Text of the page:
August 21, 2014 in Washington Voices

The Verve: Imaginative works in many mediums

 
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Brad Johnson, a school custodian by trade, stands with many of his works at his apartment in Spokane on Wednesday. He says his work is best described as abstract expressionism, though he hides motifs and representational imagery in his pieces.
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Brad Johnson’s thoughts go a mile a minute and his respite is three drawing tables on which he elaborately doodles in his apartment in the West Central neighborhood.

“I live for art,” he said, “I’m addicted to it.”

Johnson grew up in Creston, Washington, where, in the first grade, he was dubbed “the artist.” After that, through high school, he was always called on to make art for posters and events.

He went on to Eastern Washington University with aspirations of being an artist but decided in his sophomore year to follow a seemingly more lucrative path as a teacher. He quit before graduating to work full-time at odd jobs and then at a sawmill, where he stayed for 20 years.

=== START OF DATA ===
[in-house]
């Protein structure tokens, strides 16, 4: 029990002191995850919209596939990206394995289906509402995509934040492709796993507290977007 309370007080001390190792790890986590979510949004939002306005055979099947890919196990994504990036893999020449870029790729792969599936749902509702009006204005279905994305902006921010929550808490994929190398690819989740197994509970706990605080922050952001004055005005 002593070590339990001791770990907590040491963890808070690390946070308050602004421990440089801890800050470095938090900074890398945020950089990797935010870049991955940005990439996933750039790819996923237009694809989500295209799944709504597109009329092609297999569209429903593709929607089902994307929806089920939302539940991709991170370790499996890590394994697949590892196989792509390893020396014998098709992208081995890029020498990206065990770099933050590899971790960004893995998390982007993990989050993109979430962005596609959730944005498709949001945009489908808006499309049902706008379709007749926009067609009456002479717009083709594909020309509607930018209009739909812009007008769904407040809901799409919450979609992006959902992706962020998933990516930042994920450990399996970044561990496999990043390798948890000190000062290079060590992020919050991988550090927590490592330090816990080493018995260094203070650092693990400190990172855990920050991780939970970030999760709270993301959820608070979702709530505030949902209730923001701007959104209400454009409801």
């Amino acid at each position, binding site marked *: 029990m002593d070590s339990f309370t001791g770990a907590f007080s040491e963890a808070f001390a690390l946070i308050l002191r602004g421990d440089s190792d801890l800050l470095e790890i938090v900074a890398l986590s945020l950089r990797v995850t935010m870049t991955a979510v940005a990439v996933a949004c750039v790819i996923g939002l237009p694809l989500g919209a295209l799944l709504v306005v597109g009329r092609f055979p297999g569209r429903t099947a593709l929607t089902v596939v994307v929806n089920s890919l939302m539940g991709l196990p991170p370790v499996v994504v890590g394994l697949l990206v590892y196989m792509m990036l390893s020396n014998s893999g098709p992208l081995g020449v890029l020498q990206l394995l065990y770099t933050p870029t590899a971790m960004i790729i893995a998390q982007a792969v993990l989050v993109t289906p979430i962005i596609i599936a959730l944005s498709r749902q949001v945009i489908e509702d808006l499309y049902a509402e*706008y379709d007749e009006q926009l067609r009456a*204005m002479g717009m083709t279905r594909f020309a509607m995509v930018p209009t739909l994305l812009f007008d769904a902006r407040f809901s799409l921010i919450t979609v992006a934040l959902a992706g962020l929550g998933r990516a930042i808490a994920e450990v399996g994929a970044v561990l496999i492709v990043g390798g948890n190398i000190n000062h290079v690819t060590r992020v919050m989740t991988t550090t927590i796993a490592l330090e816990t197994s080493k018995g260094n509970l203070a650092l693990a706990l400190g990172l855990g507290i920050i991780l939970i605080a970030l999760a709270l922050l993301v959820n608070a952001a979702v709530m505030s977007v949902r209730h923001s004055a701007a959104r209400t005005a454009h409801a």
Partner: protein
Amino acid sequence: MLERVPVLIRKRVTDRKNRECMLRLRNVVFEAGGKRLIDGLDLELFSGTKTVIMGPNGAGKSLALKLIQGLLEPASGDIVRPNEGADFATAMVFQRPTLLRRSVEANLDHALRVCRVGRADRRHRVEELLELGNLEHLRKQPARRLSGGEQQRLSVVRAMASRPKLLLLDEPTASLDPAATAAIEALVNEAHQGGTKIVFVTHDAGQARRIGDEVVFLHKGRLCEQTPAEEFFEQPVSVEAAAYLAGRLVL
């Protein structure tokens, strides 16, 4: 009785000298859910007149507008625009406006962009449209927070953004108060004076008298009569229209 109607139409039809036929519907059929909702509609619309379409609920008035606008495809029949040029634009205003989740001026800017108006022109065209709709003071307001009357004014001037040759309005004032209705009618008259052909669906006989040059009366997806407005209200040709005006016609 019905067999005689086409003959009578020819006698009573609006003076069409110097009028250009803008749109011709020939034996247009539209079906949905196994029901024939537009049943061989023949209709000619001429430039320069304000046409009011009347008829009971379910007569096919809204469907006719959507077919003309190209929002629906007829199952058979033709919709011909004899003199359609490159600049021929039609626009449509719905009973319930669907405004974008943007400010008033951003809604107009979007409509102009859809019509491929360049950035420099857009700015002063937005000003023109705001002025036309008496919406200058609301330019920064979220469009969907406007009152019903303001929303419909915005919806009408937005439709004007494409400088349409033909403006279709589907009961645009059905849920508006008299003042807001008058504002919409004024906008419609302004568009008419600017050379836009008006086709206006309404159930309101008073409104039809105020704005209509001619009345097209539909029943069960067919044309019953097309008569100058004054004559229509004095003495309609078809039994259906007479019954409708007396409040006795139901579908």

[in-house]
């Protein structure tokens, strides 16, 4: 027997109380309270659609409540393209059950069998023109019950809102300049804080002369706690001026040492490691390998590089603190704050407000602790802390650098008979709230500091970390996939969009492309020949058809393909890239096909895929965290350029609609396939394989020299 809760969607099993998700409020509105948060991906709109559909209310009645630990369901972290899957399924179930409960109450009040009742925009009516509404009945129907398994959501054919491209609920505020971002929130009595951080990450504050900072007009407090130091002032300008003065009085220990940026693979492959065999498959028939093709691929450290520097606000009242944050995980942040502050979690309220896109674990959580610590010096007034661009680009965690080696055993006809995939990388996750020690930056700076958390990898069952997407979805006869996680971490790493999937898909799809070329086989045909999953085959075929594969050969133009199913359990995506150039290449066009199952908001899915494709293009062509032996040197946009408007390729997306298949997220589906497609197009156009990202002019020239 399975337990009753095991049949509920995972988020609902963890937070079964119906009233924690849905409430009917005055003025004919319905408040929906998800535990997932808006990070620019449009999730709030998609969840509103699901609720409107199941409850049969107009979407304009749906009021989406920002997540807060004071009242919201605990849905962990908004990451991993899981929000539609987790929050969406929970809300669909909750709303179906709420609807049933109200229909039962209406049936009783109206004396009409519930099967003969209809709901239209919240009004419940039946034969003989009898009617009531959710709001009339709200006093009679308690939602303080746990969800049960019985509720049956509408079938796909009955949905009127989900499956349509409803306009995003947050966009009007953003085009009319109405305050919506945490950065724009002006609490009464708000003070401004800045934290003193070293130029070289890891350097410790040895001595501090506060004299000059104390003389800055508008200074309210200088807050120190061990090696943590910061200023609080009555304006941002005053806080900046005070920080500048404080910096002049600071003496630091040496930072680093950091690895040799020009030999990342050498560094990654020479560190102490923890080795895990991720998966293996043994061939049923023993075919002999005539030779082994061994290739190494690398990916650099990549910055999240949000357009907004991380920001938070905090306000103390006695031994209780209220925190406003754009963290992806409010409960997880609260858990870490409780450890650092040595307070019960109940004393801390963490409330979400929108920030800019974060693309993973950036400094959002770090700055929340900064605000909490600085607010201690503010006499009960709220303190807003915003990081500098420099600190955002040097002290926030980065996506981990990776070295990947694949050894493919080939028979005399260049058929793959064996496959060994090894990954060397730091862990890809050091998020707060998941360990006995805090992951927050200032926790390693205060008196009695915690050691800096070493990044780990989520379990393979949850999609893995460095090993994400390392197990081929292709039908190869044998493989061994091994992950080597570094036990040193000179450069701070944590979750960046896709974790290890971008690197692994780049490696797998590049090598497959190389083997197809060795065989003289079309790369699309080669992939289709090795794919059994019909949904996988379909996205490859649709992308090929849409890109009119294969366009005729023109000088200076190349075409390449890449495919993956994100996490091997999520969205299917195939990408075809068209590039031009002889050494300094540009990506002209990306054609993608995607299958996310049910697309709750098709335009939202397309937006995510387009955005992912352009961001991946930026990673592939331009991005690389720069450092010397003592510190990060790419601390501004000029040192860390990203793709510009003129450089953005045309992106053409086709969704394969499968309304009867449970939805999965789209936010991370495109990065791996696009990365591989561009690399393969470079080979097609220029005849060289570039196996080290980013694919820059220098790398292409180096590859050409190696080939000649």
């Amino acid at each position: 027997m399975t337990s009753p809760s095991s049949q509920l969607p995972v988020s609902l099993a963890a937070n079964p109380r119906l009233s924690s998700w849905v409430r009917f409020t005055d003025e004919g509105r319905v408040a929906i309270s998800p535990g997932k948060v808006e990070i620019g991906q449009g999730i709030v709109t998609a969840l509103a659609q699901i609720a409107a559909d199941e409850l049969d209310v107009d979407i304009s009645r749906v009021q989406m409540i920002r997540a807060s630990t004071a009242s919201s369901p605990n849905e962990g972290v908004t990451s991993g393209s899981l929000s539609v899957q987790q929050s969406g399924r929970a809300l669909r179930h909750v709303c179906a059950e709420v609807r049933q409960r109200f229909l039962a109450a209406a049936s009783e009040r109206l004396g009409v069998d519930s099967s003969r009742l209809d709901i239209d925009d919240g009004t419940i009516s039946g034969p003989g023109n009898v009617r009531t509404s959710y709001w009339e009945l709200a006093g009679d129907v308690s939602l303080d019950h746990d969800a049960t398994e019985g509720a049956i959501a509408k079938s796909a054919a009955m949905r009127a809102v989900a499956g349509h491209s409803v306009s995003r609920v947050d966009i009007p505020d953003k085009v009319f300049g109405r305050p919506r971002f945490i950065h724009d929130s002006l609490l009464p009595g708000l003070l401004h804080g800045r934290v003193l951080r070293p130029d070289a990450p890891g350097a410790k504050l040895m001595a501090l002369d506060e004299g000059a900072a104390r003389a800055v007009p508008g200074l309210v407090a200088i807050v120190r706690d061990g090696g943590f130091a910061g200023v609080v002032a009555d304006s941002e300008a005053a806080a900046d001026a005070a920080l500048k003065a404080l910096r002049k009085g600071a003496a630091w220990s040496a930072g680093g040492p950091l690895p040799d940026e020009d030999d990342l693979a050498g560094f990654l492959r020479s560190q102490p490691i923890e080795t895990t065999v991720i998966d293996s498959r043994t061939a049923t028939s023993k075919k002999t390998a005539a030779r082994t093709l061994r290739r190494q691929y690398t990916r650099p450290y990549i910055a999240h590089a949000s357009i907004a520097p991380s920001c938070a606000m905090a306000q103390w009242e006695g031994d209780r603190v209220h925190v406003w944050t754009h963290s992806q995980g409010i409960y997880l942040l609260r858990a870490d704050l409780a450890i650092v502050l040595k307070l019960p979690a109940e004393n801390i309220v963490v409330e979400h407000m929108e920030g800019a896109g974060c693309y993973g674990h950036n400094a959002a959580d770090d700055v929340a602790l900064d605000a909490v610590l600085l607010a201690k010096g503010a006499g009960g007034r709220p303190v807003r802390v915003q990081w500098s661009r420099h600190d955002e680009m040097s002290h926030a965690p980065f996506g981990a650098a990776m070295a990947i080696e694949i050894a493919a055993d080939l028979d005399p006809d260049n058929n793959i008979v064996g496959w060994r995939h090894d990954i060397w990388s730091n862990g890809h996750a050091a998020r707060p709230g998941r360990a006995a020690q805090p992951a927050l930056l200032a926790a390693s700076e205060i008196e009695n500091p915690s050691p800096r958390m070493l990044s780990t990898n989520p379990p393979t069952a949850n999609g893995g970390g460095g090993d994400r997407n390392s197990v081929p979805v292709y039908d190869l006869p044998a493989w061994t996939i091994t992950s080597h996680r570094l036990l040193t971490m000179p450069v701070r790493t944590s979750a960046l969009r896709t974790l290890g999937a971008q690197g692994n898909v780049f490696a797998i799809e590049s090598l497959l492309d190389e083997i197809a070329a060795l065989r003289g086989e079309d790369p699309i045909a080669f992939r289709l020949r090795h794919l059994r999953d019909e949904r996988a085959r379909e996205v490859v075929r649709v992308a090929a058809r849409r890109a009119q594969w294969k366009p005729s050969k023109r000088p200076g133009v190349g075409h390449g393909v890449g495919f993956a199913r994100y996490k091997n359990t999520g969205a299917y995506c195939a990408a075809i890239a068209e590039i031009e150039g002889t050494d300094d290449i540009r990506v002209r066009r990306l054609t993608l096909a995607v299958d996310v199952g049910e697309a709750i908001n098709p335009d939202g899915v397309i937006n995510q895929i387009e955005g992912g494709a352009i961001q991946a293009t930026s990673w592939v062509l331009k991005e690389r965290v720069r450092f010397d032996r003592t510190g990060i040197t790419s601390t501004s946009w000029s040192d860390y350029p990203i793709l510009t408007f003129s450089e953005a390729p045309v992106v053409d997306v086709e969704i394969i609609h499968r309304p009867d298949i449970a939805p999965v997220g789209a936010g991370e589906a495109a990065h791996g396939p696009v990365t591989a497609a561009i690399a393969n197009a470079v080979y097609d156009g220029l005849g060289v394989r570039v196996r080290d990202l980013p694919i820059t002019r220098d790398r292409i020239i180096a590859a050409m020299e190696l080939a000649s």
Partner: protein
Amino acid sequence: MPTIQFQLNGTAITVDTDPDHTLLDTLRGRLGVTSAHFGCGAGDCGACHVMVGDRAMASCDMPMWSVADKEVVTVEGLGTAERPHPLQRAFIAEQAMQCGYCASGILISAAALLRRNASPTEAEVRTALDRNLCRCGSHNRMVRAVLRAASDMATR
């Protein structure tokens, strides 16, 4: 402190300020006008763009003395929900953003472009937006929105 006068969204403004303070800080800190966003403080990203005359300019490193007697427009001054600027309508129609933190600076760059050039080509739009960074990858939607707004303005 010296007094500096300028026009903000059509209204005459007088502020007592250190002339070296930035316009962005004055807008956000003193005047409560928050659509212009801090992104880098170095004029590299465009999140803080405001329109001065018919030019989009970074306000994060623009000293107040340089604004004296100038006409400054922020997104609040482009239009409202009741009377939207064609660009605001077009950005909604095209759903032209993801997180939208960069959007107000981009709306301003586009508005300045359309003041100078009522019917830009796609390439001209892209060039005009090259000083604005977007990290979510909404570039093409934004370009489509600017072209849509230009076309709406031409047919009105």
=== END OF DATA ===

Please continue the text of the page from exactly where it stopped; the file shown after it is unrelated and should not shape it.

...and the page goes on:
Still, he never stopped making art.

“I never argue the validity or the merits of my artwork,” he said. “I am what I am; an artist by no accreditation but my own.”

His style is a mix of surrealism, fantasy and abstract expressionism and his mediums include found objects like driftwood for his sculptures and pen and ink, markers, colored pencils, chalk and spray paint for his imaginative drawings. “I use all and every medium,” he said. The final product appears mechanical yet organic, chaotic yet filled with reason.

Johnson admits his perception is unusual, making it hard for a viewer to interpret his work.

“The acceptance I strive for is not from the public but from me,” he said. “I’m simply interpreting the world around me in an unusual way.”

Johnson rarely titles his work. “Naming a piece would suggest something to look for within it,” he said. In the past, he has used random dates as titles with no relevance to anything, hoping that a viewer will find their own meaning in his work.

Now, he paints and draws every day, releasing his thoughts on heavy paper, wood or canvas. Lately, he has been creating family crests which entails the initials of family members that intertwine and swirl into images of things relevant to the family. “I also provide a key; a map that shows where and what the images are so they know where to look,” he said.

He has never had an art show but is hoping to in the future. Until then, he will keep producing works that are figments of his inner world and a place where he takes a break from his mile-a-minute travels.


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